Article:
Horizontal gene transfer (HGT) is often considered to be a source of error in phylogenetic reconstruction, causing individual gene trees within an organismal lineage to be incongruent, obfuscating the ‘true’ evolutionary history. However, when identified as such, HGTs between divergent organismal lineages are useful, phylogenetically informative characters that can provide insight into evolutionary history. Here, we discuss several distinct HGT events involving all three domains of life, illustrating the selective advantages that can be conveyed via HGT, and the utility of HGT in aiding phylogenetic reconstruction and in dating the relative sequence of speciation events. We also discuss the role of HGT from extinct lineages, and its impact on our understanding of the evolution of life on Earth. Organismal phylogeny needs to incorporate reticulations; a simple tree does not provide an accurate depiction of the processes that have shaped life's history.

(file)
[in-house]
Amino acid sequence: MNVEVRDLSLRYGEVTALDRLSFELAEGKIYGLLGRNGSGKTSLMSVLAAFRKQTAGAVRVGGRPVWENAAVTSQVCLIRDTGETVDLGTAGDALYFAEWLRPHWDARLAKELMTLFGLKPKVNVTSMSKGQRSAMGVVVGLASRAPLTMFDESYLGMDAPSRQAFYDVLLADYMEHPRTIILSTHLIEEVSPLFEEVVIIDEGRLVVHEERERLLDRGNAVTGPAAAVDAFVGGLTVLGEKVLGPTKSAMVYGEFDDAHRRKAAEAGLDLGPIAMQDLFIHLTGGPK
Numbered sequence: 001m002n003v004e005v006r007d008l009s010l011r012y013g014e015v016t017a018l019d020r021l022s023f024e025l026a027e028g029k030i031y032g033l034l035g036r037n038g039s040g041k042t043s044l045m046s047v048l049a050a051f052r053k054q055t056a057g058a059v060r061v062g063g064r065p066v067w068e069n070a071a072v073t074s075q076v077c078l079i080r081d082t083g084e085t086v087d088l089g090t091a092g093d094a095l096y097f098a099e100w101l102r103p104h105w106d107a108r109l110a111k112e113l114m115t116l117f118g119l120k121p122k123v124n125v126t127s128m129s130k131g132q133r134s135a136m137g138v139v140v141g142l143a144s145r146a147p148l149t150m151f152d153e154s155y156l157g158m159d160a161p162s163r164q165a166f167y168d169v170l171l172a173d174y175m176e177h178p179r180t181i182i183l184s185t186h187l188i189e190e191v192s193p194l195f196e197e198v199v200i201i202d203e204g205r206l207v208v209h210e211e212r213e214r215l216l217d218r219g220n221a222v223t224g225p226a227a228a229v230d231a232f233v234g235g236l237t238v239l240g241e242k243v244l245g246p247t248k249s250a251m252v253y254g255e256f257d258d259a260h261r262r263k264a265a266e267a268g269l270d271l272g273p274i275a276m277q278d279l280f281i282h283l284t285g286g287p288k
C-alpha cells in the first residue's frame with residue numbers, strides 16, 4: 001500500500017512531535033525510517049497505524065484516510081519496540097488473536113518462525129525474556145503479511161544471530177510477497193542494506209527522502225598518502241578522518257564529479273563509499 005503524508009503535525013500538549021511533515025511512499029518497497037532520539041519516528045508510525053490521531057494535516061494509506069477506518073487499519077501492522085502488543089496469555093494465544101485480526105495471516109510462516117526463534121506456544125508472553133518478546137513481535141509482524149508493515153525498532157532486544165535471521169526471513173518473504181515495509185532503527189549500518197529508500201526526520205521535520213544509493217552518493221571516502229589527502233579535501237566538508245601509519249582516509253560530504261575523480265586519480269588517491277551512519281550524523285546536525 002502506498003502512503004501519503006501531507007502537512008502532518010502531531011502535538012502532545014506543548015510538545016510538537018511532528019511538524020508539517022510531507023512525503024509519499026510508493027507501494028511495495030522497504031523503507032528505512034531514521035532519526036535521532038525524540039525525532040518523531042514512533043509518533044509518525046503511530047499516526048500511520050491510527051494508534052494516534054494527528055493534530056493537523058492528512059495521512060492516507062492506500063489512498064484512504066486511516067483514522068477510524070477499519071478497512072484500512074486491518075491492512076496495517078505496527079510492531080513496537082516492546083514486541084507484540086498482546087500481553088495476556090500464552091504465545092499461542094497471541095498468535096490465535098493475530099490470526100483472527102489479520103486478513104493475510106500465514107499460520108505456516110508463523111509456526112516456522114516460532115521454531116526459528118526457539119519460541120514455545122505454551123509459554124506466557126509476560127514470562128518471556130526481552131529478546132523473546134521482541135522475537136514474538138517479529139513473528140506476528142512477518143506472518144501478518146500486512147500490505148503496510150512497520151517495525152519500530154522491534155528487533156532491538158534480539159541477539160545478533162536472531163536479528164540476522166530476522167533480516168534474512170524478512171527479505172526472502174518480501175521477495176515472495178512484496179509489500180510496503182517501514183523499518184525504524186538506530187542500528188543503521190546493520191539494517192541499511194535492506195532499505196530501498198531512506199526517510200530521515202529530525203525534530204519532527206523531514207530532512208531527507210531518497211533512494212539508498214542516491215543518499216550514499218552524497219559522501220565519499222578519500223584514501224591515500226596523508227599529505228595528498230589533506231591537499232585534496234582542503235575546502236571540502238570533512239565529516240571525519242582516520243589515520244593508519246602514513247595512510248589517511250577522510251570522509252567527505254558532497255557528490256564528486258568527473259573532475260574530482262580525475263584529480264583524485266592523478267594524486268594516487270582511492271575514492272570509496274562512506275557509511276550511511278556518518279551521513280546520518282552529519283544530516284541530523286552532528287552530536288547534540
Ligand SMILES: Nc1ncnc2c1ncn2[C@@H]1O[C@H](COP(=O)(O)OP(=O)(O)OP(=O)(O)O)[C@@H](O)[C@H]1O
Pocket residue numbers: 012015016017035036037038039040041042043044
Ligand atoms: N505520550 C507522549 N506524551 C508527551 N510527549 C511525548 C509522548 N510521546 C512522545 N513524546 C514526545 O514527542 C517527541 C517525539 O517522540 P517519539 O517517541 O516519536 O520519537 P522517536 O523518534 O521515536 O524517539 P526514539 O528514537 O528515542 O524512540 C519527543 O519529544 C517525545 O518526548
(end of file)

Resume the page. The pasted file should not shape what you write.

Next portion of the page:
doi:10.1098/rstb.2009.0033
PMCID: PMC2873001  PMID: 19571243
horizontal gene transfer; chlamydiae; cyanobacteria; acetoclastic methanogenesis; pyrrolysine; extinct lineages
14.  The not so universal tree of life or the place of viruses in the living world